National Alliances Annual Ranking of State Charter School Laws Shows Major Shifts

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Washington, D.C. Improvements to charter public school laws in several states shook up the rankings in the National Alliance for Public Charter School's seventh annual report examining the quality of state charter school laws. Measuring Up to the Model: A Ranking of State Charter School Laws cites favorable changes in authorizing and funding policies in many states, as well as the enactment of a strong charter school law in Alabama, as the primary reasons for shifts in this years rankings.

"This is a critical time as parent demand for high-quality public schools is at a record high," said Nina Rees, president and CEO of the National Alliance for Public Charter Schools. "By enacting strong charter school laws and implementing them effectively, states can significantly expand the number of great public schools available to families, particularly those most in need of better options. Fortunately, many states have responded by accelerating improvements to their charter school laws, and we hope to see additional improvements in the 2016 legislative sessions."

The report analyzes charter school laws in 42 states and the District of Columbia. Eight states do not have a charter school law and are not included in the rankings: Kentucky, Montana, Nebraska, North Dakota, South Dakota, Vermont, Washington, and West Virginia.

Key findings from this years report include:

  • Indiana is ranked first, moving up from fifth in last years report and from 29th when the report was first issued in 2010. Indianas ascension is a result of legislative changes in autonomy, accountability, and funding made in 2015, as well as the culmination of efforts since 2011 by two governors and several key legislators from the House and Senate to ensure Indiana has the strongest charter school law in the country.
  • Alabama joins the ranking in second place after enacting a strong public charter school law in 2015. Alabama lawmakers took great care in writing this law to ensure the state heeded the lessons learned in the first 25 years of the charter movement.
  • Minnesota moved from first to third, marking only the second time in the seven years of this report that the state does not come out on top. This drop was due to positive changes made in other states, not due to any steps backward in Minnesota.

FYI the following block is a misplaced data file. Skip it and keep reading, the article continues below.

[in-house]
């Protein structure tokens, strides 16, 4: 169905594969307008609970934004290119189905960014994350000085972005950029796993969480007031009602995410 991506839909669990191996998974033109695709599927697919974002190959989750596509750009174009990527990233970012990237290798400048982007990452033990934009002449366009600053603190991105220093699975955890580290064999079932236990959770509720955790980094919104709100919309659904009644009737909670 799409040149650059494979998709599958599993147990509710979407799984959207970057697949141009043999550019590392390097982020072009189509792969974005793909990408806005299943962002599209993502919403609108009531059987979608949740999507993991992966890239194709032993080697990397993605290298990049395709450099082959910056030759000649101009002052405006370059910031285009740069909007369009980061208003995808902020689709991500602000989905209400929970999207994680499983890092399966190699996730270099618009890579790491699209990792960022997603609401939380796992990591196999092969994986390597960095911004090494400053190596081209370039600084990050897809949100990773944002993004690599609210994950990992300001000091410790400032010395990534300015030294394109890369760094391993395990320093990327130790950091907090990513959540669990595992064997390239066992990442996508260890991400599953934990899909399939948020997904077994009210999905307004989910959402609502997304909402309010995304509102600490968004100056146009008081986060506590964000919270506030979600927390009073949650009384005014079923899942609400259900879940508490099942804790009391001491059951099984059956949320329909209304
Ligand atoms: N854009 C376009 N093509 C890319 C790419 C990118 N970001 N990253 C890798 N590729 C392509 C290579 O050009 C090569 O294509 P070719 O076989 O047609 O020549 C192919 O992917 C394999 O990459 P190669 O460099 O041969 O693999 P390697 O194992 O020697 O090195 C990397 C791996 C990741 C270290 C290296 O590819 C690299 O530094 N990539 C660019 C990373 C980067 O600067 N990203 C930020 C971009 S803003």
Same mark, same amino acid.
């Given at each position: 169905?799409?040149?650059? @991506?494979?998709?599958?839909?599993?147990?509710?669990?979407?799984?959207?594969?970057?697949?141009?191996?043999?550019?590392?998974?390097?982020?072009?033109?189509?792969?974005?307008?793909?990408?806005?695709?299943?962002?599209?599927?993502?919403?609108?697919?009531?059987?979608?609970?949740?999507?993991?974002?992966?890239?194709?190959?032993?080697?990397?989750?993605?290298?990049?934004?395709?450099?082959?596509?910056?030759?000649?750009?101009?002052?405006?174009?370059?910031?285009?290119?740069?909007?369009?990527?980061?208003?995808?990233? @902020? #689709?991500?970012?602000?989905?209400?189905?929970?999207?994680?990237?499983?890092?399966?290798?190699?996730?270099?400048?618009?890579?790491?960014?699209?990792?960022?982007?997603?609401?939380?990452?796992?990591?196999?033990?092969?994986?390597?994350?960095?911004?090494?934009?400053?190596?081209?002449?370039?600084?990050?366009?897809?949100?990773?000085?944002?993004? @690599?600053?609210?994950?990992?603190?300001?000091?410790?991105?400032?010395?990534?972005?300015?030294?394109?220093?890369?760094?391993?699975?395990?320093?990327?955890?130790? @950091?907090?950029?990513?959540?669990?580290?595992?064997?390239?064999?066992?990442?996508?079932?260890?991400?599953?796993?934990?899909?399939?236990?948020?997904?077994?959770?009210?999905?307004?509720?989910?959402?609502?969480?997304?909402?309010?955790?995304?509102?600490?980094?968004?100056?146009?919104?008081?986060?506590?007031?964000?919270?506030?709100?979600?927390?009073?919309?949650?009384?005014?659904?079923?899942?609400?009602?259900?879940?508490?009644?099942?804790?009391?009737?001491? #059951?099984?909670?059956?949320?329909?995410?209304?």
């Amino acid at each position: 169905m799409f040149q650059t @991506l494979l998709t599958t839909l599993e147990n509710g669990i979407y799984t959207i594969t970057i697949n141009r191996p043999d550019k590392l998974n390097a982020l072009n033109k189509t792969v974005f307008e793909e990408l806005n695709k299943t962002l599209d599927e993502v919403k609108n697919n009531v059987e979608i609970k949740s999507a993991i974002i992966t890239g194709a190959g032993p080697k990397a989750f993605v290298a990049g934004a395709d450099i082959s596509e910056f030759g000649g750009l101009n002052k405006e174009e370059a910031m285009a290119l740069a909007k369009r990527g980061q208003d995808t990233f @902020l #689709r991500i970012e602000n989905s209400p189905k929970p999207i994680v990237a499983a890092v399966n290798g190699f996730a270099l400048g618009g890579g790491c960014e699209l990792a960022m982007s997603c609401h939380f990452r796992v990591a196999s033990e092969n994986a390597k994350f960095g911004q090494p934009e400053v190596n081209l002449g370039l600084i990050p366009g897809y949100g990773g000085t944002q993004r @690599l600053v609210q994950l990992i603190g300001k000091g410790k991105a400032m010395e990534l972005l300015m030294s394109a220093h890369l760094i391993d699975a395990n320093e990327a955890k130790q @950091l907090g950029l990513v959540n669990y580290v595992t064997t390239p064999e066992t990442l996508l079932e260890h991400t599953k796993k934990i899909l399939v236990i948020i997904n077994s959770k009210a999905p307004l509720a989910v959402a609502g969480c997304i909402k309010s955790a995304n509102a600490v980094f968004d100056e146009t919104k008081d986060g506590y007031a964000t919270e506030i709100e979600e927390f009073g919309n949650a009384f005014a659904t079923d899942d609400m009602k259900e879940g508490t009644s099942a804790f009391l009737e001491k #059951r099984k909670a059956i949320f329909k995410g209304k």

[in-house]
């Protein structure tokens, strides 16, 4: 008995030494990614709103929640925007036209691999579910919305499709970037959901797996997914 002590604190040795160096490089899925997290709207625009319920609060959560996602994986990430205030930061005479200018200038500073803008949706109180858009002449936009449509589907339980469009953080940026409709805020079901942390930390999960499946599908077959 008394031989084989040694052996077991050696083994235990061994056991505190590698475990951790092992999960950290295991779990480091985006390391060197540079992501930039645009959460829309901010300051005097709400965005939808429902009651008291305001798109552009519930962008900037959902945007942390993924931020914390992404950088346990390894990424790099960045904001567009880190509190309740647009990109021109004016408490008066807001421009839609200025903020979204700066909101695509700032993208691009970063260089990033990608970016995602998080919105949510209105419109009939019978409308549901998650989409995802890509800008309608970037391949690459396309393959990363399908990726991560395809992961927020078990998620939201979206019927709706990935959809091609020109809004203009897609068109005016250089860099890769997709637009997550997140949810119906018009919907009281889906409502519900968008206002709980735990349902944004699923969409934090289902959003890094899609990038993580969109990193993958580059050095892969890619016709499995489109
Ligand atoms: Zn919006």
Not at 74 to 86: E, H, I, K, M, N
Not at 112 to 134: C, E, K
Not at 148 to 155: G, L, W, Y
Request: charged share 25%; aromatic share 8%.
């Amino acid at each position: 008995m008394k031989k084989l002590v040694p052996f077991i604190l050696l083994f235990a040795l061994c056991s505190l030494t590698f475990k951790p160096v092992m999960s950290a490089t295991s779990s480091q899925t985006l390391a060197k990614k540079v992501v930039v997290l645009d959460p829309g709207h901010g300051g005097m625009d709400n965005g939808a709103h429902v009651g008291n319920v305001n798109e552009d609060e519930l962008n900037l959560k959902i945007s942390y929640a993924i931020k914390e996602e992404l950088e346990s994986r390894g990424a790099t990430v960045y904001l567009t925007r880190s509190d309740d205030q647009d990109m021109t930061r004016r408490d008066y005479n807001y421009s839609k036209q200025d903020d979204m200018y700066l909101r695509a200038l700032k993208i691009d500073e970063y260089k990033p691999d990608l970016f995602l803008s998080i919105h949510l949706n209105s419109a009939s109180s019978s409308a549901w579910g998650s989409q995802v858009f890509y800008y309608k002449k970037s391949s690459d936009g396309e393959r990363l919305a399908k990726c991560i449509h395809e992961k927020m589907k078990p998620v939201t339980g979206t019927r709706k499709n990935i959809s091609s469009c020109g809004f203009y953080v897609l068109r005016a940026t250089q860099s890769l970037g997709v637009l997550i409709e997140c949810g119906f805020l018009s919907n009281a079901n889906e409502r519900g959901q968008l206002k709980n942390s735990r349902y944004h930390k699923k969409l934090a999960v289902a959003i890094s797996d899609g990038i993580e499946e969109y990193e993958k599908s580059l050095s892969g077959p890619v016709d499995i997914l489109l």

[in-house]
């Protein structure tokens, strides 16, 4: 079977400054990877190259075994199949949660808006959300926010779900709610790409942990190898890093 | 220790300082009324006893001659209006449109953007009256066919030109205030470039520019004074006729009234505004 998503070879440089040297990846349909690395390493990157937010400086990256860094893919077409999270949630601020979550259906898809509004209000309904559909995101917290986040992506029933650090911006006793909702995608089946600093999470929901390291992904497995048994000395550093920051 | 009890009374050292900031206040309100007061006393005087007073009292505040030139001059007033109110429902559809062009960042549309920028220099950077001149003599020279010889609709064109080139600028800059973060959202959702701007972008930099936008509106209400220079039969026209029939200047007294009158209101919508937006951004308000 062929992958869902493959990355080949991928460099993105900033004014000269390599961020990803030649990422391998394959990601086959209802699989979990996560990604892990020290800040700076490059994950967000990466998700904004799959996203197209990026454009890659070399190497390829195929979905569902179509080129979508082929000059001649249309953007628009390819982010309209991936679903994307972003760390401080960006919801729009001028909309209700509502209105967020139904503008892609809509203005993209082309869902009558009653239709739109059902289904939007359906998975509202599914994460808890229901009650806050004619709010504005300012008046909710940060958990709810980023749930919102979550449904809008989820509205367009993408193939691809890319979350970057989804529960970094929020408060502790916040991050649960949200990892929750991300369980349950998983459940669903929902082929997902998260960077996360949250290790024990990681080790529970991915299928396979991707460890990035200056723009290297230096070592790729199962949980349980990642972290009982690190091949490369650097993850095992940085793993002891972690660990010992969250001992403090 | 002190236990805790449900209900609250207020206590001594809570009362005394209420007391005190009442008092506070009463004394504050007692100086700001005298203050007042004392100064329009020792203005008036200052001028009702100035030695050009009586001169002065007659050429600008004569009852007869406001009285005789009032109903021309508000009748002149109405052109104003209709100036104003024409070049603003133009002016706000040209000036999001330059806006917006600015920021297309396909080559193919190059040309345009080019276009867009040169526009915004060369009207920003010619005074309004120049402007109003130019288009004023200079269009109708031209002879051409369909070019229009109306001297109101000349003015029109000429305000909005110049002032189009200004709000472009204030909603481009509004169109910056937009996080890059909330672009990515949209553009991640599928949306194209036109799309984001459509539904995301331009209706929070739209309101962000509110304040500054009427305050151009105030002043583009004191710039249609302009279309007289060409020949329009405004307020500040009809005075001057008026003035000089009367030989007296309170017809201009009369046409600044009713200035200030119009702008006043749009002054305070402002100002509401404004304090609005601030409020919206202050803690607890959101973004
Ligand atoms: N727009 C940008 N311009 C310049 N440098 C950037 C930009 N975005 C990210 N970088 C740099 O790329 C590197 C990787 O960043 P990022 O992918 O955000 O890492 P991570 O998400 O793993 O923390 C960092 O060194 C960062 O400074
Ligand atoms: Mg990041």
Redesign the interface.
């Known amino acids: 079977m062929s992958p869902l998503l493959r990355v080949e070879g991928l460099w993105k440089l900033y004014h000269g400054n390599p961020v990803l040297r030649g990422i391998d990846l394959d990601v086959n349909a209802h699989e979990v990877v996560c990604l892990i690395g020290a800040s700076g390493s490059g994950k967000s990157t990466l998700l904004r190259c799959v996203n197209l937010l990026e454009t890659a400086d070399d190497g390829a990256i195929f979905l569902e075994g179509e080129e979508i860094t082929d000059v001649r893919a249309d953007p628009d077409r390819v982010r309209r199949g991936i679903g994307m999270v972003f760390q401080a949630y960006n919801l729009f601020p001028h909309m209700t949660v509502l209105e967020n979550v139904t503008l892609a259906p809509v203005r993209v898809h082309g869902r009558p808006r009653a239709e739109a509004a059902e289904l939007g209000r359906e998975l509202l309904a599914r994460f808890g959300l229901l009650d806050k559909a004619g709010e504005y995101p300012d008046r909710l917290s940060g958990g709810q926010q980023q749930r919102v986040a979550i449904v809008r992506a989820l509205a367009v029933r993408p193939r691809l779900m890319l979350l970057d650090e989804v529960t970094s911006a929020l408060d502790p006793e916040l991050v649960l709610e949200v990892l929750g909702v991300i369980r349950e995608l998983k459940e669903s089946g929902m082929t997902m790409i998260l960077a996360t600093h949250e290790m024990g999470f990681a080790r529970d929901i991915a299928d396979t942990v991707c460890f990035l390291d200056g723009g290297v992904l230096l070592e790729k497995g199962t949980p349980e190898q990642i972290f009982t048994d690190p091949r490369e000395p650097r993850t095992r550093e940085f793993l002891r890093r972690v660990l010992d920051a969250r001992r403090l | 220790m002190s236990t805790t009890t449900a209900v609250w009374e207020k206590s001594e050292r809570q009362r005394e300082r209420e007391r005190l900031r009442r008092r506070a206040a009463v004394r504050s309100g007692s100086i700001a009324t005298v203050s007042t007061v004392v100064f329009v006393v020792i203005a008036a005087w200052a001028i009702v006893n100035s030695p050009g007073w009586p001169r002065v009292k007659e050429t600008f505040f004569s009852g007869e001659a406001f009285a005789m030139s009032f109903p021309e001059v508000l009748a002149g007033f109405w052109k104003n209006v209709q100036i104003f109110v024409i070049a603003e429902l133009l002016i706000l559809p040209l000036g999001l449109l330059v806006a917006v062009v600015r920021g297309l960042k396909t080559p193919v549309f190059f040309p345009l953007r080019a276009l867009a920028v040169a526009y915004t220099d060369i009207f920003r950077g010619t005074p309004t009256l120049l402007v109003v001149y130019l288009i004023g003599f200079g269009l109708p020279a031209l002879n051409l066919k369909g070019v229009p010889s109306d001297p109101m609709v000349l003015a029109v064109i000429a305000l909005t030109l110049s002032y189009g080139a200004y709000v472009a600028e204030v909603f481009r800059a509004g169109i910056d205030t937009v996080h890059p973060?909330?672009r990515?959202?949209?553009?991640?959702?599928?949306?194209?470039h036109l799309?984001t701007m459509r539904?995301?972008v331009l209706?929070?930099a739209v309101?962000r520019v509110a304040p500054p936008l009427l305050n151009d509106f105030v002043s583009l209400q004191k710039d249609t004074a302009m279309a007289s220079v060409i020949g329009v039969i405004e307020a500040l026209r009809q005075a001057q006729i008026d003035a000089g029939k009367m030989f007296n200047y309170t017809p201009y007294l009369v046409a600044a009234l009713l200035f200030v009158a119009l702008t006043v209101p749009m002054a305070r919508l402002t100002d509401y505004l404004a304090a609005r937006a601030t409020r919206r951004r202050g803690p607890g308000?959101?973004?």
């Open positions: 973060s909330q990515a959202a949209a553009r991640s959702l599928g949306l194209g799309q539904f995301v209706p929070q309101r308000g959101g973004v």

• Oklahoma made the biggest jump from 36th to 19th because it enacted legislation that overhauled its law, including statewide expansion, school and authorizer accountability, and replication of high-quality charters.
  • Nevada moved up from 14th to eighth on the list because it enacted legislation that strengthened its charter application processes, clarified the guidelines for public charter school partnerships with educational service providers, and encouraged replication and expansion of high-quality public charter schools.
  • Georgia jumped five spots to 18th place because it enacted regulations that strengthened authorizer accountability, charter school monitoring processes, and charter school autonomy.
  • Ohio also moved up five spots to 23rd because it enacted legislation that improved its authorizer funding provisions and strengthened its charter school monitoring processes.
  • Delaware dropped five spots from 19th to 24th because it enacted a moratorium on public charter school growth in Wilmington, the states largest urban city.
  • Maryland continues to hold the 43rd spot with the weakest public charter school law in the country.

"We are pleased that so many states have embraced the National Alliances model law to improve their charter school laws, providing supportive environments for the growth of high-quality charter schools and giving hope to families who want better public educational options for their children," said Rees.

The reports methodology includes scoring each state charter school law against 20 essential components from the National Alliance's model law, such as quality and accountability, equitable access to funding and facilities, and no caps on charter school growth. The model law is used to guide states that have weak or no charter laws into states with strong charter laws so that they can better foster the growth of high-quality charter schools.

About Charter Schools
Charter schools are independent, public, and tuition-free schools that are given the freedom to be more innovative while being held accountable for advancing student achievement. Since 2010, many research studies have found that students in charter schools do better in school than their traditional school peers. For example, one study by the Center for Research on Education Outcomes at Stanford University found that charter schools do a better job teaching low income students, minority students, and students who are still learning English than traditional schools. Separate studies by the Center on Reinventing Public Education and Mathematica Policy Research have found that charter school students are more likely to graduate from high school, go on to college, stay in college and have higher earnings in early adulthood.

About the National Alliance for Public Charter Schools
The National Alliance for Public Charter Schools is the leading national nonprofit organization committed to advancing the public charter school movement. Our mission is to lead public education to unprecedented levels of academic achievement by fostering a strong charter movement. For more information, please visit